FACT: Nearly nine in 10 women of reproductive age will use contraception at some point in their lives, whether for family planning or other medical reasons like treating endometriosis.

FACT: We are at the lowest rate of unintended pregnancy in 30 years, and a historic low of pregnancy among teens because of expanded access to birth control and sex education.

FACT: The Affordable Care Act's birth control provision saved women an estimated $1.4 billion on birth control pills in its first year alone. Thanks to this benefit, more than 62 million women now have access to birth control without co-payments.

FACT: According to the Kaiser Family Foundation, after the Affordable Care Act's birth control provision took effect, fewer than 4 percent of American women had to pay out-of-pocket for oral birth control. That number was more than 20 percent before the law's passage.

FACT: A 2010 Hart Research poll, conducted before the Affordable Care Act's birth control provision went into effect, found that one in three women voters had struggled to afford prescription birth controls, including 57 percent of young women aged 18 to 34.

FACT: The rule comes just weeks after the Senate rejected deeply unpopular attempts to pass Graham-Cassidy, the latest version of Trumpcare, which would have eliminated the requirement that health insurance cover birth control.

FACT: According to recent Freedom of Information Act requests, most companies already getting Affordable Care Act birth control waivers aren't even religious groups. Vox reports that, in fact, more than half of the groups who applied for and received exemptions were for-profit companies and corporations.

FACT: 86 percent of Americans (including 91 percent of Democrats and 83 percent of Republicans) support policies that make it easier to get the full range of birth control methods.

FACT: Access to birth control can help reduce maternal and even infant mortality. In 1965, at the time of the Griswold v. Connecticut decision, the landmark U.S. Supreme Court decision that provided the first constitutional protection for birth control, 32 women were dying for every 100,000 live births in the United States. Today, the rate is less than half that. Infant mortality has fallen even faster - from 25 deaths to six deaths per 1,000 live births.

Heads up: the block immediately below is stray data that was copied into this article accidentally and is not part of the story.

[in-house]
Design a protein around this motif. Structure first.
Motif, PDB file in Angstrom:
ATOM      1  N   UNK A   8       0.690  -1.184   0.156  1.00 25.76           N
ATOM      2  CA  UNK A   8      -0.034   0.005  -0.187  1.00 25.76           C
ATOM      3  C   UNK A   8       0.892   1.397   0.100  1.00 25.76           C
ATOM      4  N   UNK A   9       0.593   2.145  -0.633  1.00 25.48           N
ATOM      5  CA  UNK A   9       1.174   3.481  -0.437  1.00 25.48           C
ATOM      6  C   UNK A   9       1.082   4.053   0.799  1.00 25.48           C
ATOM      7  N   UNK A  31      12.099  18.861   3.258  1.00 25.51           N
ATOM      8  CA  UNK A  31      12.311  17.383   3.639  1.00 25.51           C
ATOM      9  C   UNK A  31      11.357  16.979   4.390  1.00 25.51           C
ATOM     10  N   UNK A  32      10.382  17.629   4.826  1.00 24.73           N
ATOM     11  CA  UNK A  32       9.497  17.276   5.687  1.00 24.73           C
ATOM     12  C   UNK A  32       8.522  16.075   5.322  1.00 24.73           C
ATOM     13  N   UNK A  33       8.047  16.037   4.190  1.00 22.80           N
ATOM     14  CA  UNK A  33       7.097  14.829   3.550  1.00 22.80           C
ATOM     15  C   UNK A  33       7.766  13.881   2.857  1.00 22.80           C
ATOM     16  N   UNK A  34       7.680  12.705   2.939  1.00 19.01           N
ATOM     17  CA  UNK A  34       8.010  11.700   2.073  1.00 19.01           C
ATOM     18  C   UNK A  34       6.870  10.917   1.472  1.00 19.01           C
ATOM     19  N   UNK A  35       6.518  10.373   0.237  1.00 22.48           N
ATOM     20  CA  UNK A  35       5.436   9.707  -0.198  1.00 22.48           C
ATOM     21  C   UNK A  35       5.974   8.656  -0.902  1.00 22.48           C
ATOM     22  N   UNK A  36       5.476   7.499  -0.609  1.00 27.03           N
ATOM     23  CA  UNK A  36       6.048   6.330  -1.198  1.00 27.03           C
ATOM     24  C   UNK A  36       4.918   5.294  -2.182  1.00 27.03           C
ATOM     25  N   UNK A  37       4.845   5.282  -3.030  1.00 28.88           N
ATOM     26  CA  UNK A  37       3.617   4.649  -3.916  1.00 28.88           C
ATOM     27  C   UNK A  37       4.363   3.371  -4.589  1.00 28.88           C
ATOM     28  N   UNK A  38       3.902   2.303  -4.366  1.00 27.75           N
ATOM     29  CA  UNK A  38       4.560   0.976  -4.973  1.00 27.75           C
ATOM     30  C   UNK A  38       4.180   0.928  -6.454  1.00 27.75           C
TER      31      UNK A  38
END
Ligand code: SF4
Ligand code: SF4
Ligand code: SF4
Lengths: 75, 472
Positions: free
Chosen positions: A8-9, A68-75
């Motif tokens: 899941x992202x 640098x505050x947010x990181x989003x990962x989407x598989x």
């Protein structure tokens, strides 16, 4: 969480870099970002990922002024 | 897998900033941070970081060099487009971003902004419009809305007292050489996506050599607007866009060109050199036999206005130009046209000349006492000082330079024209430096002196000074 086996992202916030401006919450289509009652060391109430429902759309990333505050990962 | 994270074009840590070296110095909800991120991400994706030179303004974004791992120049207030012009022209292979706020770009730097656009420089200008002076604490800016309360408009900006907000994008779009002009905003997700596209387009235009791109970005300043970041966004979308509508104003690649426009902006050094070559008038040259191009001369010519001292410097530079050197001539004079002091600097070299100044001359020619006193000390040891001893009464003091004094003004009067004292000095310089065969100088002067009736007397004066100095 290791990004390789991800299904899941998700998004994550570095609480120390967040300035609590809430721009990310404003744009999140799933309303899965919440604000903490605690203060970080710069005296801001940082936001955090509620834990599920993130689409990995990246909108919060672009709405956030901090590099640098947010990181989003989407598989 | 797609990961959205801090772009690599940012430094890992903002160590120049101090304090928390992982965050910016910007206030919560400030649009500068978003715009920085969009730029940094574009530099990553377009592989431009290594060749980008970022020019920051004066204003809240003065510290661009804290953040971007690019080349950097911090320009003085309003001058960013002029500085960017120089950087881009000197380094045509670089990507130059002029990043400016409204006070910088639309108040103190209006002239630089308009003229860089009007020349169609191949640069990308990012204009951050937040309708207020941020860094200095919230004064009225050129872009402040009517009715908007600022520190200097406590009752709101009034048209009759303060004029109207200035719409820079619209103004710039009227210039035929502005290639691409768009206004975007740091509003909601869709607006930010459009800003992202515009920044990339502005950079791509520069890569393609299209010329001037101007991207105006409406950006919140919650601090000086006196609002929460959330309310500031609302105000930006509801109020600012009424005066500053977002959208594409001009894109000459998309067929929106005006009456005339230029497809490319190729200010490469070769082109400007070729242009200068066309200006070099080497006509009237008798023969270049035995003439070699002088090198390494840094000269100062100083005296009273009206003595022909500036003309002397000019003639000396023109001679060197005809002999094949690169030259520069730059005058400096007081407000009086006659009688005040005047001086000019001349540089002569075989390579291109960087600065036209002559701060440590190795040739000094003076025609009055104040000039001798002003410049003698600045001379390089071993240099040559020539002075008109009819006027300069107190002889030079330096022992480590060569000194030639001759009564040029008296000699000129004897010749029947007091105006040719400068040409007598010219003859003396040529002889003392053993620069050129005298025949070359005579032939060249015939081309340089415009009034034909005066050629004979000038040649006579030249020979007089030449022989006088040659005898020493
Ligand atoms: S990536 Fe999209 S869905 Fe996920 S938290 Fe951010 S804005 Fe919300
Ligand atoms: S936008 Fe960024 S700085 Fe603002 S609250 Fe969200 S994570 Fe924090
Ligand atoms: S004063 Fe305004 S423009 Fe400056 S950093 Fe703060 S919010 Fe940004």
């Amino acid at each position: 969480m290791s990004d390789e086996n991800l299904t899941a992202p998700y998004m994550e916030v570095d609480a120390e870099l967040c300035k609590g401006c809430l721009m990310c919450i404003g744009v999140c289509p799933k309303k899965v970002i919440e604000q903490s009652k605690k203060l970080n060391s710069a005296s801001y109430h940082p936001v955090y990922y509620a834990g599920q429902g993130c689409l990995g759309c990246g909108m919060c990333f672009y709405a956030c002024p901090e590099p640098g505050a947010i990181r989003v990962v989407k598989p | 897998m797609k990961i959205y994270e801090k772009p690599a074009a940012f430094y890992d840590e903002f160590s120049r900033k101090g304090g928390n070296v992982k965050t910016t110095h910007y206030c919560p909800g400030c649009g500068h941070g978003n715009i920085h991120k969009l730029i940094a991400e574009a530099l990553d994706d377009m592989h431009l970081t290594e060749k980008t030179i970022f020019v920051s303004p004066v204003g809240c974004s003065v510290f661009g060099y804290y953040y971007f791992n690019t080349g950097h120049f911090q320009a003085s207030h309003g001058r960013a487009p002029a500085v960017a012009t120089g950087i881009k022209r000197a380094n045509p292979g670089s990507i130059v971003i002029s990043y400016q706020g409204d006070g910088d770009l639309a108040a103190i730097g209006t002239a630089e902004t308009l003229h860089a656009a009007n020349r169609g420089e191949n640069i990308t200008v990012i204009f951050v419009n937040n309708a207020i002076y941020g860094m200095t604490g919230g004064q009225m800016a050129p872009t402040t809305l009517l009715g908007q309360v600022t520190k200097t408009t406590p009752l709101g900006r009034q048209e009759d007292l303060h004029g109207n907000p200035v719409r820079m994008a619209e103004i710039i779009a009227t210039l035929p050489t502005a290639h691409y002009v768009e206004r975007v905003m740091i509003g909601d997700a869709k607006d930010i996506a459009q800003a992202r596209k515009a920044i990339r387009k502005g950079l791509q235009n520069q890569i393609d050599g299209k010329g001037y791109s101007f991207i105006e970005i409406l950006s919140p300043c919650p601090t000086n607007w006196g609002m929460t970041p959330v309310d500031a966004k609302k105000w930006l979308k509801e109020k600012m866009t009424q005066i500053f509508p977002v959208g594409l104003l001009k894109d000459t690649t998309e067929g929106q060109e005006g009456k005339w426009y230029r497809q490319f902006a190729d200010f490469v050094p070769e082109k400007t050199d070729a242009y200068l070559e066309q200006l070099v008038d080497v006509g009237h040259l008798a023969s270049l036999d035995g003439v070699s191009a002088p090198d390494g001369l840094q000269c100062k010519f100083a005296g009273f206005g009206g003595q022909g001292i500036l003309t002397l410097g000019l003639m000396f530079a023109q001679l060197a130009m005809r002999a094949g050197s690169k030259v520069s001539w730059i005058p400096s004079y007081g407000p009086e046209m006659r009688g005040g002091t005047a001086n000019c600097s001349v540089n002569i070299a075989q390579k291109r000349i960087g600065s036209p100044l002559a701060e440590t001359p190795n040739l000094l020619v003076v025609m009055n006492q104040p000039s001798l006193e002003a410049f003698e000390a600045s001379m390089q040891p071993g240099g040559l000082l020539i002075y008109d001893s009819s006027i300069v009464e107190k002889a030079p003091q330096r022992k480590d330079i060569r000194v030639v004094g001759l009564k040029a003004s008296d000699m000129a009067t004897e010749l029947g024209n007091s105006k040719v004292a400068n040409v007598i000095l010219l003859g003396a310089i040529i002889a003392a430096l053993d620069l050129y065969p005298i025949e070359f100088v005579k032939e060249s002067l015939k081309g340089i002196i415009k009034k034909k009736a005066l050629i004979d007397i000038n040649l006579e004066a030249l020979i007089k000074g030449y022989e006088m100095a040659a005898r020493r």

FACT: Women use birth control for a variety of reasons; in fact, 58 percent of all women who use the pill rely on it, at least in part, for something other than pregnancy prevention, including endometriosis, fibroids, menstrual regulation and polycystic ovarian syndrome, which is prevalent among women of color.

FACT: In 2014, Bloomberg Businessweek ranked the invention of the pill is one of the top 10 most transformative moments in the business sector over the past 85 years. Access to birth control has not just opened up educational and career opportunities for women, but it has catapulted women into more management roles. In fact, a study showed that the pill is responsible for one-third of women's wage gains relative to men since the 1960s.

Background on Trump Administration's Anti-Birth Control Appointees

Just look at who's at the helm of the U.S. Health and Human Services Department. President Trump has systematically filled key administration positions with anti-science, anti-women's health extremists:

Background on Trump Administration's Attacks on Women's Health

In less than a year, President Donald Trump and his administration have:

Posted on October 6, 2017 in News.